I was curious too, thank you for the useful reply
#6
Help this man out
#7
It is mental how fast some db searching sites online search. Billions of records in less than a second, I would say ask them but I don't think they would want to share!
#8
As of yesterday, I found my answer.

A simple index, and an efficient means of indexing. My only drawback was indexing speed with big fancy indexes or algorithms that required a huge level of restructuring, so I tested around, and found that the most efficient way to restructure the data would be to split it up into a larger file structure.

I decided to substring index emails and usernames as equals, which may taint the validity of my data, but it enabled me to search through it hundreds of times faster.

Now instead of searching through dozens of dbs or combolists, or one single large combolist, records of an email "[email protected]" can be found in a relatively small combolist at /root/p/w/n/data.txt

It might have honestly been that I was just overthinking it.
#9
(December 10, 2019 at 02:30 AM)S0P Wrote: As of yesterday, I found my answer.

A simple index, and an efficient means of indexing. My only drawback was indexing speed with big fancy indexes or algorithms that required a huge level of restructuring, so I tested around, and found that the most efficient way to restructure the data would be to split it up into a larger file structure.

I decided to substring index emails and usernames as equals, which may taint the validity of my data, but it enabled me to search through it hundreds of times faster.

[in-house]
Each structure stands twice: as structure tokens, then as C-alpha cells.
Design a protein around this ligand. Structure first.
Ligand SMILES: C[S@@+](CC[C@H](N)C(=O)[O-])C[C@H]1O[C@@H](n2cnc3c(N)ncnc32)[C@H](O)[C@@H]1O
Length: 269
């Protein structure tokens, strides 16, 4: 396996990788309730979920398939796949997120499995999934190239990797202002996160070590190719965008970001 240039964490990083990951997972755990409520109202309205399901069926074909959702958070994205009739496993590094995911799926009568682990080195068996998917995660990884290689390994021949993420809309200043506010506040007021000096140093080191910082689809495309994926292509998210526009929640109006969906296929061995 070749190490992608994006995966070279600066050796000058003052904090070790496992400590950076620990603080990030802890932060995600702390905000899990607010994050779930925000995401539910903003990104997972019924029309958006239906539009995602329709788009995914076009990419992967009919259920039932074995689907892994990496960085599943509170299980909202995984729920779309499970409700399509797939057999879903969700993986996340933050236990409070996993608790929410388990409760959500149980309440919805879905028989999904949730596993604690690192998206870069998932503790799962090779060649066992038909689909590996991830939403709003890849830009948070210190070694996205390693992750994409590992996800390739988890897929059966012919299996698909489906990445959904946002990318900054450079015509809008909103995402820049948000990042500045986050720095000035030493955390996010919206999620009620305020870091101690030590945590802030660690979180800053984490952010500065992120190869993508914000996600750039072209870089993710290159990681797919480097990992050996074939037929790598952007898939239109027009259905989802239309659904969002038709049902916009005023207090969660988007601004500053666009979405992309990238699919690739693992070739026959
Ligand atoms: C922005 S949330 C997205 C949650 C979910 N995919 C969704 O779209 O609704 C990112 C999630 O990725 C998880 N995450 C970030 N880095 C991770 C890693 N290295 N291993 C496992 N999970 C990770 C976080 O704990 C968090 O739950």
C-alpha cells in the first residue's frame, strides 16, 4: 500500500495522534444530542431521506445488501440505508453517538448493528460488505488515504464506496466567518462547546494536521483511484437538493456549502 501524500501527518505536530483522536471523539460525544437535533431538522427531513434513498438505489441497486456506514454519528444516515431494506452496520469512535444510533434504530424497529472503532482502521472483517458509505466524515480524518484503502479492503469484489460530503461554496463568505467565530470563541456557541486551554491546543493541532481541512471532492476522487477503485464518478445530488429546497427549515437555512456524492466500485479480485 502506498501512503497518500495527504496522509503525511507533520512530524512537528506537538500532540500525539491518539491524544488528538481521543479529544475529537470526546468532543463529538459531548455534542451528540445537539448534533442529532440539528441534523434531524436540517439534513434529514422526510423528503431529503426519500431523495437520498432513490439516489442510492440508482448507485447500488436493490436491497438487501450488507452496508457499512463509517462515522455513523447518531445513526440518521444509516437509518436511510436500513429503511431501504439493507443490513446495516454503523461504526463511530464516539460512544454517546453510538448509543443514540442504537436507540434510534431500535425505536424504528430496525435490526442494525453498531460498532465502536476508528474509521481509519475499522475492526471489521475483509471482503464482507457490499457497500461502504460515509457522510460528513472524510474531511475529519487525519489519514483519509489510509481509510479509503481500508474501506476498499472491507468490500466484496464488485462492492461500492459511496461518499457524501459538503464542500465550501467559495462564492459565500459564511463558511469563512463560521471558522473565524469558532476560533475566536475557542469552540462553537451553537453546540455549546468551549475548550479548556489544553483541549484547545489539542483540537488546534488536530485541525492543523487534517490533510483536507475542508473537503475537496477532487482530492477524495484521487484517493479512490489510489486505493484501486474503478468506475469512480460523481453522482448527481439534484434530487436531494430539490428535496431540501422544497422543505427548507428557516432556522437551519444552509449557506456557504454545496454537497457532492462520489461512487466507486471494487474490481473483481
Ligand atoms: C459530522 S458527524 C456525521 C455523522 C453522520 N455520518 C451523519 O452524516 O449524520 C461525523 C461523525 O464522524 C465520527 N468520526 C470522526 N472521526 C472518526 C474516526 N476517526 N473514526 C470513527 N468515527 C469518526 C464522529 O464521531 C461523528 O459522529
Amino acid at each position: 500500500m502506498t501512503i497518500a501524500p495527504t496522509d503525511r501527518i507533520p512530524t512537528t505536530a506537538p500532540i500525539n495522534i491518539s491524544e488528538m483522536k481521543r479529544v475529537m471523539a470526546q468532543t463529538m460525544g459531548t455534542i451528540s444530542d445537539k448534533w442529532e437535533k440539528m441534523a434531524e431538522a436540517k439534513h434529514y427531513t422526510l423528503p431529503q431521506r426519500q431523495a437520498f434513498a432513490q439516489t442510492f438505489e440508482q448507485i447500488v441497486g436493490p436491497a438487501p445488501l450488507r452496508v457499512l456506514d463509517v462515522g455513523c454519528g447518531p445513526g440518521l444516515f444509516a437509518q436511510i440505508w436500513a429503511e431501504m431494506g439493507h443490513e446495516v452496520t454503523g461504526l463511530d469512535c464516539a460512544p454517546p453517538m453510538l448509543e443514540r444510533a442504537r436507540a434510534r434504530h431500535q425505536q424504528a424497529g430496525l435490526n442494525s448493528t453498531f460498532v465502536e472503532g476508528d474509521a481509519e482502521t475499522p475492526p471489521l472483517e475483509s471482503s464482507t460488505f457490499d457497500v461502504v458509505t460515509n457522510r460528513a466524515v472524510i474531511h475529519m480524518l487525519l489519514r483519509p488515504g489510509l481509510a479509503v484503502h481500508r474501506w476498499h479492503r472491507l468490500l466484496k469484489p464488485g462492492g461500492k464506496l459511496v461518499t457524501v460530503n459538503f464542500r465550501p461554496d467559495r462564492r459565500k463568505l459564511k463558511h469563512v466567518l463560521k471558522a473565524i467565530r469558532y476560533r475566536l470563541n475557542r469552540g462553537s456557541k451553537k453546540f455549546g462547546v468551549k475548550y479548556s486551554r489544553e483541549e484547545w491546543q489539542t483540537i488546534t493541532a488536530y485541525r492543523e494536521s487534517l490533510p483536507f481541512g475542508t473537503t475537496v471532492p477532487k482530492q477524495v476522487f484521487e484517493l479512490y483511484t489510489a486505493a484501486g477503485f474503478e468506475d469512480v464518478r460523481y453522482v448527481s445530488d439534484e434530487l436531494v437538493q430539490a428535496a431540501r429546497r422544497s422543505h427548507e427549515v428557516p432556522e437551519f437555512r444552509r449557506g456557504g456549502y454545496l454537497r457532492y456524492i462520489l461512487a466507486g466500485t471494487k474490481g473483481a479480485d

Now instead of searching through dozens of dbs or combolists, or one single large combolist, records of an email "[email protected]" can be found in a relatively small combolist at /root/p/w/n/data.txt

It might have honestly been that I was just overthinking it.

Need double index, 1361 folders if im not wrong.Pm me can discuss about it.
#10
(December 10, 2019 at 02:30 AM)S0P Wrote: As of yesterday, I found my answer.

A simple index, and an efficient means of indexing. My only drawback was indexing speed with big fancy indexes or algorithms that required a huge level of restructuring, so I tested around, and found that the most efficient way to restructure the data would be to split it up into a larger file structure.

I decided to substring index emails and usernames as equals, which may taint the validity of my data, but it enabled me to search through it hundreds of times faster.

Now instead of searching through dozens of dbs or combolists, or one single large combolist, records of an email "[email protected]" can be found in a relatively small combolist at /root/p/w/n/data.txt

It might have honestly been that I was just overthinking it.

thats great mate you got that
#11
:P combo good bunny trhank
#12
Thanks, ive been looking for solutions and ive found a few. i will try to implement these and ill reply with my results Smile